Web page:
Reports have shown that STD rates are up for all age groups. According to a study of a private health insurance, STD claims nearly doubled from 2007 to 2018.
Fast Company reported that the biggest increases went to mycoplasma genitalium, chlamydia, gonorrhea, syphilis, and hepatitis B. The article clarified that these numbers only count people who know that they have an STD (chlamydia, for example, is often asymptomatic), and then seek treatment.
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“STDs can come at a high cost for babies and other vulnerable populations,” said Jonathan Mermin, M.D., M.P.H., director of CDC’s National Center for HIV/AIDS, Viral Hepatitis, STD, and TB Prevention. “Curbing STDs will improve the overall health of the nation and prevent infertility, HIV, and infant deaths.”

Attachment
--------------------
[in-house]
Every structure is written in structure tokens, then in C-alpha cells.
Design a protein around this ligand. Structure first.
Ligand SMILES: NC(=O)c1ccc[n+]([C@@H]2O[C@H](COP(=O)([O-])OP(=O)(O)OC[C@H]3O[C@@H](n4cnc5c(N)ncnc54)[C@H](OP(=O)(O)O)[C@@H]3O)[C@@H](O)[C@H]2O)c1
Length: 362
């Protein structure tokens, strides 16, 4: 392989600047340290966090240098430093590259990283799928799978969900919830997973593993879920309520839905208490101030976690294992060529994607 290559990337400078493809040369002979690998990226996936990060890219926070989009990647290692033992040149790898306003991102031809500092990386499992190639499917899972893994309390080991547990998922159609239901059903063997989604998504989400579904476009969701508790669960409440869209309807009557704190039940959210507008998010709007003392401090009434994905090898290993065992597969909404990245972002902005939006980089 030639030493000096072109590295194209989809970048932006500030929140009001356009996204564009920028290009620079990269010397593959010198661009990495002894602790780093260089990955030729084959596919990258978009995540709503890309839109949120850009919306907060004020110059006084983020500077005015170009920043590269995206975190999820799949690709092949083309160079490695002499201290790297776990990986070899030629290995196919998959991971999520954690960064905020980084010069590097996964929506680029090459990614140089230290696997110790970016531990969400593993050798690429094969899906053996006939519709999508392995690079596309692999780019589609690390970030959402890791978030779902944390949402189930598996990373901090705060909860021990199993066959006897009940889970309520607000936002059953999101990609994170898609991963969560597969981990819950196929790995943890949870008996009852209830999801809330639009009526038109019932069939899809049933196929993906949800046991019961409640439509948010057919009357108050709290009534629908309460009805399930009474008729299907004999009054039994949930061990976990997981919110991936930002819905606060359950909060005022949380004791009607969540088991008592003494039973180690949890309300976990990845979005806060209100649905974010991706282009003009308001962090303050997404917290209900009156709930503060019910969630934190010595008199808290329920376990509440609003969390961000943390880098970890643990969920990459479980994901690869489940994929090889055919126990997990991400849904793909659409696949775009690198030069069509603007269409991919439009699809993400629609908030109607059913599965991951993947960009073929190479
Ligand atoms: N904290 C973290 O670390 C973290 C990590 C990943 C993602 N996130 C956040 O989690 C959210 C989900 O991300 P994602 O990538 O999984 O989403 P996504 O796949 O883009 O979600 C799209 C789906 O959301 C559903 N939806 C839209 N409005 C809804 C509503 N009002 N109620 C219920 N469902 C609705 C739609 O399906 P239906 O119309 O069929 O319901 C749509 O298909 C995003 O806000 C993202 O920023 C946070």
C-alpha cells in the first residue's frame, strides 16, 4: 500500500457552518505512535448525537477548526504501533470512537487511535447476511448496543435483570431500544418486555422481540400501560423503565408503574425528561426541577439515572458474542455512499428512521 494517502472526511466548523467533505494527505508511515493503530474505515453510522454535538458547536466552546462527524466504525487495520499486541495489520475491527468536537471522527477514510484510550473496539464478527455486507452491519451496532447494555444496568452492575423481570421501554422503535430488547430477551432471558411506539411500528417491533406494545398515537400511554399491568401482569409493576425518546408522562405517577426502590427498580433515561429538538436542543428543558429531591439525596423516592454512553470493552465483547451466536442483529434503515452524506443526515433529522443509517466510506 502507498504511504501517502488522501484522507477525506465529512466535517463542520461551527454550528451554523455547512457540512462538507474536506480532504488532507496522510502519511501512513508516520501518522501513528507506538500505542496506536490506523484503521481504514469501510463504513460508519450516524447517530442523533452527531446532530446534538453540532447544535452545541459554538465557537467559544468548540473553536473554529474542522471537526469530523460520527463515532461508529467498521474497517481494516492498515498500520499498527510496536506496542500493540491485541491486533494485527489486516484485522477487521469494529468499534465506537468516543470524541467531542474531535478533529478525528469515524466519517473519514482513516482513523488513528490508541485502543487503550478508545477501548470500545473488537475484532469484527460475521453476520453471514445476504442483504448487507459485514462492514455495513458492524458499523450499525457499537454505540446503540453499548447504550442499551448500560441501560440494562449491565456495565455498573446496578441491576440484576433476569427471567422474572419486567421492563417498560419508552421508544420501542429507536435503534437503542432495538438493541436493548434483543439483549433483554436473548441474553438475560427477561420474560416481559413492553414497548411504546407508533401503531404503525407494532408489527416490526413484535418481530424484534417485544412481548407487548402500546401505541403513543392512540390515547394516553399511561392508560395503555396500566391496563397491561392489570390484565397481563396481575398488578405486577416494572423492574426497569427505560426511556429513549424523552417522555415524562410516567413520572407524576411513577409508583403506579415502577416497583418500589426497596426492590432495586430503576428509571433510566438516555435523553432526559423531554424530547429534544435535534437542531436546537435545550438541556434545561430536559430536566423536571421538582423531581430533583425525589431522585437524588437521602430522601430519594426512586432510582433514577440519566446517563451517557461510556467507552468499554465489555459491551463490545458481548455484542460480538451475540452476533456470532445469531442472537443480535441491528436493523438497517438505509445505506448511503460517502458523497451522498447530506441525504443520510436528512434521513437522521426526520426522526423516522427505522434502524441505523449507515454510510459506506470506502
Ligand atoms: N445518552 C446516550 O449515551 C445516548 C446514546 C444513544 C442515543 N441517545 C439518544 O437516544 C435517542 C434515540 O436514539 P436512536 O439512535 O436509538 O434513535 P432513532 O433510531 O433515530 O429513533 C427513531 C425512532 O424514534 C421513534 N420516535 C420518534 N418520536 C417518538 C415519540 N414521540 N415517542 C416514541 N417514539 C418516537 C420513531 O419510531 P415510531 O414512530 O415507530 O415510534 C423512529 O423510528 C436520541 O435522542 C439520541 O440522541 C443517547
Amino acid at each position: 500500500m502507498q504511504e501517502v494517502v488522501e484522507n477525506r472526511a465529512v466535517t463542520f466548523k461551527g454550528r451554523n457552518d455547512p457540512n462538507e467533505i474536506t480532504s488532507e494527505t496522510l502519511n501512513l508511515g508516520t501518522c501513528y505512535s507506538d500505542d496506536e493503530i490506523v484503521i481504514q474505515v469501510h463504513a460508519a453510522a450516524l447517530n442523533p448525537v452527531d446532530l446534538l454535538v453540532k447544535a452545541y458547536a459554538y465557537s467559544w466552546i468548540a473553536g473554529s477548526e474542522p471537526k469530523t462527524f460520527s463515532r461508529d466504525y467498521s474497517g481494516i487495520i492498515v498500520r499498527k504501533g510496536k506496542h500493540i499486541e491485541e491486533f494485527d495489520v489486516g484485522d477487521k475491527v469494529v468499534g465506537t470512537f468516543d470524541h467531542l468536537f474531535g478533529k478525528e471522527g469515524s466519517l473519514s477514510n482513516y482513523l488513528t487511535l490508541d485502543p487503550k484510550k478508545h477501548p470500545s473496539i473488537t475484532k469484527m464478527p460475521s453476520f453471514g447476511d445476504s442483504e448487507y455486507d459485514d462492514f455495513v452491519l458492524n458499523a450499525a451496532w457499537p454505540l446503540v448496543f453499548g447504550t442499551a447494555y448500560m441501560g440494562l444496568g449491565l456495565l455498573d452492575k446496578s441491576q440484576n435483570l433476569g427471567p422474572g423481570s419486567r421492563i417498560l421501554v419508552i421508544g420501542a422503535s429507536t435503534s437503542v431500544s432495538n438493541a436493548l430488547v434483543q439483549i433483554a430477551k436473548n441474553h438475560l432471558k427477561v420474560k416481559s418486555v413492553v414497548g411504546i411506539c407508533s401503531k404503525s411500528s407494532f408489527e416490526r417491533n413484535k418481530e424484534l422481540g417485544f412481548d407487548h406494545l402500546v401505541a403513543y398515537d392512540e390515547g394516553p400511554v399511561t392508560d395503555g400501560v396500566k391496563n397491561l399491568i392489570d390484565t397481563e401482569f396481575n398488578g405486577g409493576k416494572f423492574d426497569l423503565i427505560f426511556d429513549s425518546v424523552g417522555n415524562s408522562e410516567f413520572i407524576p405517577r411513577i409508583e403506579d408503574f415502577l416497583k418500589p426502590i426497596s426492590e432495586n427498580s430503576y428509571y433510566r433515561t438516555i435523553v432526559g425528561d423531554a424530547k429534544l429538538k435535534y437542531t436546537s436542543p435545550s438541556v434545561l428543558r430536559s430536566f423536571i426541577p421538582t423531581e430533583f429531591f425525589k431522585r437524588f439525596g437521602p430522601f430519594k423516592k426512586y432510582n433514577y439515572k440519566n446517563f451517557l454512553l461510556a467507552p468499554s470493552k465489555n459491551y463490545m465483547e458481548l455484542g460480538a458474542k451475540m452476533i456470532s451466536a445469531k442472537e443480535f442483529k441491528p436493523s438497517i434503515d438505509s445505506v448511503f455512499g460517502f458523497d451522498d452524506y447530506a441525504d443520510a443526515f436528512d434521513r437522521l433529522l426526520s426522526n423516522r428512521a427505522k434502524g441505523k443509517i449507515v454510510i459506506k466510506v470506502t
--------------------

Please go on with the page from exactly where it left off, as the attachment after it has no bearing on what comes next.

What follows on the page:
An article by Fast Company noted that the best things to do are to get tested regularly, insist that partners get tested, and practice safe sex. According to Centers for Disease Control and Prevention, “Antibiotics can cure syphilis, gonorrhea, and chlamydia. However, left untreated, STDs can be transmitted to others and produce adverse health outcomes such as infertility, ectopic pregnancy, and increased HIV risk.”